The generally good performances highlight one of Landis' strengths that is rarely remarked upon: he could be very good with actors. Oddly enough, it also highlights a weakness. When I first saw the film, in a packed theater early in its original theatrical engagement, it felt like it was full to the brim with laughter and terror. Watching it on DVD twice within the last few months by myself, some sequences appear fitfully edited and poorly paced. Finally, I realized that in a crowded theater with a responsive audience, the laughs, cheers, and groans would probably fill in the empty spaces that are now apparent. If certain lines or situations don't make you laugh (either now or ever), those same scenes play like arid stretches of the desert.
American Werewolf has a few other marks against it. I know this may sound incredibly nit-picky, but I've never liked the lighting in certain scenes. Cinematographer Robert Paynter throws unnatural brightness into the first full moon on the moors, which may have been shot on a set -- it certainly looks that way -- and the widely-celebrated transformation scene is also lit far too flat and bright for an interior room in a woman's cozy apartment at night. The transformation itself, with special makeup effects by Rick Baker, simply stops the film cold, begging the audience to appreciate all the fine work that went into it. It was pretty cool and an impressive achievement, but not as good as the key transformation in The Howling, on which Baker consulted, with his disciple Rob Bottin credited as creator. And the excessive automotive mayhem in Piccadilly Square is jarringly out of character with the rest of the scene and almost entirely unnecessary.
Enough with the nits. There are huge chunks of the film that are pitch perfect, especially near the end: the werewolf stalking a man in an Underground station, the zoo/balloon episode, the phone call home, the fake porno, the undead encounter group, the final scene.
Landis also deserves kudos for knowing when to keep quiet. Some of the more effective sequences have no underscore at all, raising the tension. It's also wryly humorous when you realize the theme that ties all the songs together.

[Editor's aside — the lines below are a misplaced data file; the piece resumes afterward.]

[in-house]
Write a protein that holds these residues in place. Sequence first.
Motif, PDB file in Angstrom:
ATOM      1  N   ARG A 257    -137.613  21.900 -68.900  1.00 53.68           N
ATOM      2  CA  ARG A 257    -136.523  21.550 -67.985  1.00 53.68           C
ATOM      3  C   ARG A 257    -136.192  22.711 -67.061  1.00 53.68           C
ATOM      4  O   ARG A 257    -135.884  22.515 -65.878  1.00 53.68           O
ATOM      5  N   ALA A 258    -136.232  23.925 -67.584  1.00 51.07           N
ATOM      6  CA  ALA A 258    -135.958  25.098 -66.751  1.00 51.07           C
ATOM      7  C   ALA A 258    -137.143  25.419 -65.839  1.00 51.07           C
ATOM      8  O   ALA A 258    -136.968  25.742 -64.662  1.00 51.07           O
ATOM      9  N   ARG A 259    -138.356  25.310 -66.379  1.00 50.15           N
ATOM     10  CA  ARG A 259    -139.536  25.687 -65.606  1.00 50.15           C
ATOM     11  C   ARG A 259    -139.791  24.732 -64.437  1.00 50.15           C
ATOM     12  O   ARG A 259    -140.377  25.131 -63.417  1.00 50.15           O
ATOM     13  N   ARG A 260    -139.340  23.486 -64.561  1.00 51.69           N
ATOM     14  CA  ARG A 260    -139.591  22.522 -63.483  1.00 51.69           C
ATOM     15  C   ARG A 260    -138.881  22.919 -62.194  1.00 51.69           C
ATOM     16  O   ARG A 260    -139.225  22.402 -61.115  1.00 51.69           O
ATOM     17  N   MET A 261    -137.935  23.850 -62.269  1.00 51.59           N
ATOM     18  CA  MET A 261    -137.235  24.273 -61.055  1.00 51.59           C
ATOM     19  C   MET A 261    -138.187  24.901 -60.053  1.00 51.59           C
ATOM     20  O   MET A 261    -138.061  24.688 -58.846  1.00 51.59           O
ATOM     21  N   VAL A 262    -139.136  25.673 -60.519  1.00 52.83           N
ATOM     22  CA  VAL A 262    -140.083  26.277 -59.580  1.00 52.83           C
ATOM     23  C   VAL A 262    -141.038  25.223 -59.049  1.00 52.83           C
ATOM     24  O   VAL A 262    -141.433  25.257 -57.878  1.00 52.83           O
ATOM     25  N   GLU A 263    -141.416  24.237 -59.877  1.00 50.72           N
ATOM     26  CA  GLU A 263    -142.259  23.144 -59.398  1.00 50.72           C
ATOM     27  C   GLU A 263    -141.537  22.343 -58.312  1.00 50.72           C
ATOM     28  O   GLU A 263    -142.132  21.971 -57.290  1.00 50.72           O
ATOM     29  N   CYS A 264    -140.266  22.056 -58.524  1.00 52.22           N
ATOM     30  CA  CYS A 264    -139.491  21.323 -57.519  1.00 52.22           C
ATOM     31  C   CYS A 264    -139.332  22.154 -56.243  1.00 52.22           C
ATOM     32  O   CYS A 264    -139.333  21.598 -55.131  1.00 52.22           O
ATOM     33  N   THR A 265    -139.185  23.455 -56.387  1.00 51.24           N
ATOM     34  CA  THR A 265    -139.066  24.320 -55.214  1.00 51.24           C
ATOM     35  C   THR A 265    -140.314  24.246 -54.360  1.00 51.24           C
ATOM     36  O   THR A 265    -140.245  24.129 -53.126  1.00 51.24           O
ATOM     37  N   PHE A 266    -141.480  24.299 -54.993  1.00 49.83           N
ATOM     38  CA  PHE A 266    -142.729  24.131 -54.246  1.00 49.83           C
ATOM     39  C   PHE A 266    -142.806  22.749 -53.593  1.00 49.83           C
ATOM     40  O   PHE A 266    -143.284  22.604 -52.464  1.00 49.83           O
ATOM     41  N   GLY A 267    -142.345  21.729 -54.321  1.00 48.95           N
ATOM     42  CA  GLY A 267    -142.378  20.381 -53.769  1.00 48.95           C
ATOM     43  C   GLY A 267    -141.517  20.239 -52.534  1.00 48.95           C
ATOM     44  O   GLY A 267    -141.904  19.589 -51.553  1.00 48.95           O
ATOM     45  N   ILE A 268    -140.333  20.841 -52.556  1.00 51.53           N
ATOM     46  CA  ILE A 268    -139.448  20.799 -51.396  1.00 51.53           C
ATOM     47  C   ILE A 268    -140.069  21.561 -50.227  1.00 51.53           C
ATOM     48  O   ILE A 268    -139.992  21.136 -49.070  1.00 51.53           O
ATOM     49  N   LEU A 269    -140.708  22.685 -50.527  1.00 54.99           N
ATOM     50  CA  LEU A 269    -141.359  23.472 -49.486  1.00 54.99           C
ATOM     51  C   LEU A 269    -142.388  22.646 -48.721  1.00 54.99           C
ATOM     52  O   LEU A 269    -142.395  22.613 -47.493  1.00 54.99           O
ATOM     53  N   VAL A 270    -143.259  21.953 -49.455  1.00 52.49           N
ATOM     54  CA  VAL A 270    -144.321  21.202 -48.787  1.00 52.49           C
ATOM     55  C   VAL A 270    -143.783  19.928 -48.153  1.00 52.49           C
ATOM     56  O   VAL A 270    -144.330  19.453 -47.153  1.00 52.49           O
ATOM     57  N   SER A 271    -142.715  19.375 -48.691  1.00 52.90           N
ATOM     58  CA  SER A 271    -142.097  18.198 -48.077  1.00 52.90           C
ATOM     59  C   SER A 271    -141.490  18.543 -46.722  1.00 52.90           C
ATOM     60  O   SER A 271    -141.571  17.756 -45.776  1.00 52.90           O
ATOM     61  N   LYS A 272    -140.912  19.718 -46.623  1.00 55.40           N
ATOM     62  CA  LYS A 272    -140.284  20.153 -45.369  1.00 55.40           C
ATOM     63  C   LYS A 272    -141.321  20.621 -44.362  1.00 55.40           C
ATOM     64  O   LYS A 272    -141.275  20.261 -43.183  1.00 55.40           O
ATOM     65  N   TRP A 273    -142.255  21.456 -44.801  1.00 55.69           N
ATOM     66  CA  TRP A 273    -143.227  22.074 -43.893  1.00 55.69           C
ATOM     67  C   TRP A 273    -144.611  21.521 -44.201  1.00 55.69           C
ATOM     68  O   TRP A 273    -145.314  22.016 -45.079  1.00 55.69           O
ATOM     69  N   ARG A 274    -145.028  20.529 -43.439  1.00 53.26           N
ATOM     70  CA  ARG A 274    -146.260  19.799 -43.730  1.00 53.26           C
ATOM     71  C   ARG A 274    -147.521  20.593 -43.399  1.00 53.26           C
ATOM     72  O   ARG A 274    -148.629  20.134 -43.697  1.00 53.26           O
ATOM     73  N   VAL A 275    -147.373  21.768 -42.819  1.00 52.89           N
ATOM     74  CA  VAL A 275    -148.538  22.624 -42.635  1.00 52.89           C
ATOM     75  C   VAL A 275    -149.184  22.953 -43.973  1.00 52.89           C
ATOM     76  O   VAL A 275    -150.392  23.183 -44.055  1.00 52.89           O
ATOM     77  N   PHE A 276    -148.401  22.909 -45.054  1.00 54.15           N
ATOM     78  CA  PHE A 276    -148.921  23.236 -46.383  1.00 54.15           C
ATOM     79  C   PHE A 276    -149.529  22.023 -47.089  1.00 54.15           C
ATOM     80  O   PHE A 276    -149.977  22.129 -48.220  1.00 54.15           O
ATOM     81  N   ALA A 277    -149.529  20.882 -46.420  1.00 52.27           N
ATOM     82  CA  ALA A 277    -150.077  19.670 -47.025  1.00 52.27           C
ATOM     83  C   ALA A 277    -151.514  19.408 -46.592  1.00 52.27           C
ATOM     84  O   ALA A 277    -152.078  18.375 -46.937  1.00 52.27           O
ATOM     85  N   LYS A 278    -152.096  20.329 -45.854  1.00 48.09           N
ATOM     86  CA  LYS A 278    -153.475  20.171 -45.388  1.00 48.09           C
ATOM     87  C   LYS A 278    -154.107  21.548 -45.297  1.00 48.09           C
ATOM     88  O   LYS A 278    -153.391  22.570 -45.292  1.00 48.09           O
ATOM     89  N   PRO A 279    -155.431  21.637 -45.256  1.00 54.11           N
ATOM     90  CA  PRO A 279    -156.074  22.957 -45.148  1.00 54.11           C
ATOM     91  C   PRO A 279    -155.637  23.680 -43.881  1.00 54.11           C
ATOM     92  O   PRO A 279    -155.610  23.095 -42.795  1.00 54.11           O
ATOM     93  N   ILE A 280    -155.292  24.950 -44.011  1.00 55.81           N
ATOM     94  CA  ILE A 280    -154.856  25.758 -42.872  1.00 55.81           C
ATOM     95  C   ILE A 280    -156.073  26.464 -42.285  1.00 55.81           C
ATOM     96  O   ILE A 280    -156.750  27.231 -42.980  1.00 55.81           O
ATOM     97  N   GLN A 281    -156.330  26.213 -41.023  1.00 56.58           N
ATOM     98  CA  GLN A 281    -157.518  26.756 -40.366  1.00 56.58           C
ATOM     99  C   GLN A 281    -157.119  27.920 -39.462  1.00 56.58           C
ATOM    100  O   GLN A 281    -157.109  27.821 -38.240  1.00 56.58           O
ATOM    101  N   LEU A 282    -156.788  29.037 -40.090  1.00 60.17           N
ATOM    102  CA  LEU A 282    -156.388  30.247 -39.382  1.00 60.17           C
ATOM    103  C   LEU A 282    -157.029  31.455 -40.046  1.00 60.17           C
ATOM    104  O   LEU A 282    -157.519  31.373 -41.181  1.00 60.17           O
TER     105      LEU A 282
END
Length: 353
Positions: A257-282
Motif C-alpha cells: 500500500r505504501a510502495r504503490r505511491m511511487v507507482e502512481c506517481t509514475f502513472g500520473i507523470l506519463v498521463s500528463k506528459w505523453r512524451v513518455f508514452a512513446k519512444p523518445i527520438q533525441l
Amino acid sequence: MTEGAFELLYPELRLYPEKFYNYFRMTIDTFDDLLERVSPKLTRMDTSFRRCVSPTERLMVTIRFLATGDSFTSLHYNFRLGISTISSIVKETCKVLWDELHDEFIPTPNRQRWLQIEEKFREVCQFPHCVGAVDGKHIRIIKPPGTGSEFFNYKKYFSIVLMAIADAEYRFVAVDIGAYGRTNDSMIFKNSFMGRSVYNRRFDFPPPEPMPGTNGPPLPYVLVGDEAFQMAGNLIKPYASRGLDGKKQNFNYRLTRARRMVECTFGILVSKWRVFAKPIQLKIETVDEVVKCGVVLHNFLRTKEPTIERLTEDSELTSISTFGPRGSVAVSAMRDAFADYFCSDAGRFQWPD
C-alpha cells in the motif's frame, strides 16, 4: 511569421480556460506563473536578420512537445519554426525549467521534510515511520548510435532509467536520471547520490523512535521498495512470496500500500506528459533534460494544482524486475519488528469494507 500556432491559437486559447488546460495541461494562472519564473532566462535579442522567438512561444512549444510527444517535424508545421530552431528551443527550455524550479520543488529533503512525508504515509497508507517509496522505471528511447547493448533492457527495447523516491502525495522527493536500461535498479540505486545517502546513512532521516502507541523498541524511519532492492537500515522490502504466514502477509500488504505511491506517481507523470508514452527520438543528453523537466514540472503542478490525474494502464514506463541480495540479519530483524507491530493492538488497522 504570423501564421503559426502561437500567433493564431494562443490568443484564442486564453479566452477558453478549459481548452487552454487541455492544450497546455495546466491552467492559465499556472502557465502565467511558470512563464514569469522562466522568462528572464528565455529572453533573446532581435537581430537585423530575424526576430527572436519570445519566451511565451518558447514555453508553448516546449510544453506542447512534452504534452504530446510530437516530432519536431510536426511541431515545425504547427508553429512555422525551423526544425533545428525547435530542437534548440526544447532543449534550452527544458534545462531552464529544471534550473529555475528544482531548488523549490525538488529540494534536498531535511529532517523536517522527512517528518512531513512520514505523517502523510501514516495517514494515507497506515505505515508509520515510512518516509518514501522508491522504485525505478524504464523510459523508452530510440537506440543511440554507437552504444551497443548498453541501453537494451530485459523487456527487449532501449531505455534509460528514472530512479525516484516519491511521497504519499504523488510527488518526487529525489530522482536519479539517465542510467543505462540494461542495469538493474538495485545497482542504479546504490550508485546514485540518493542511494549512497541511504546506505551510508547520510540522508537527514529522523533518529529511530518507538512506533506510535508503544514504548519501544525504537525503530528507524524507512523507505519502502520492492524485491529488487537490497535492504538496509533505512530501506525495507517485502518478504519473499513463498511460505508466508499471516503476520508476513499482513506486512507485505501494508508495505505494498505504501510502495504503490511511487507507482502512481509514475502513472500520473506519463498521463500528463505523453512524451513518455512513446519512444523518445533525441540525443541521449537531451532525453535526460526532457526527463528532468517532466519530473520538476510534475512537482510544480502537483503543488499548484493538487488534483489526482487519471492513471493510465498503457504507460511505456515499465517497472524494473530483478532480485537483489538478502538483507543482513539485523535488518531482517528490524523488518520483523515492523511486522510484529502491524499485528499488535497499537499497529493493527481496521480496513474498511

American Werewolf met the mainstream studio gore challenge head on, perhaps as bloody disgusting as anything released by a major studio up to that time. The explicit gore bar had been set: humans torn apart and eaten alive (Jaws, 1975; Dawn of the Dead, 1978), sliced body parts (Dressed to Kill, 1980), ax in the face, arrow through neck, beheading (Friday the 13th, 1980), exploding heads (Scanners, 1981). Landis filled the screen with blood and gore, but never lingered. The mainstream gore bar would be met or exceeded when Paul Schrader (Cat People, 1982) and John Carpenter (The Thing, 1982) provided their own, very different takes of Universal horror classics.
Landis continued his hot streak with Trading Places and directed a segment of the ill-fated Twilight Zone: The Movie in 1983. His career eventually wound down from the dizzying heights he had reached, but he continues to work, with his most recent project, Mr. Warmth, screening at the New York Film Festival. On a personal note, during the time that I lived in Los Angeles most recently (2002-2004), Landis was a regular presence at the retrospective screenings presented by the American Cinematheque, always dressed in a tie and jacket, and always appeared very warm to anyone who approached him.
An American Werewolf in London was remade as the woefully inept An American Werewolf in Paris in 1997; the less said about that catastrophe, the better. With allowances for its blemishes, Landis' film holds up very well and its influence can be seen in many of the horror comedies that followed in its wake. It's essential viewing for any would-be horror fan.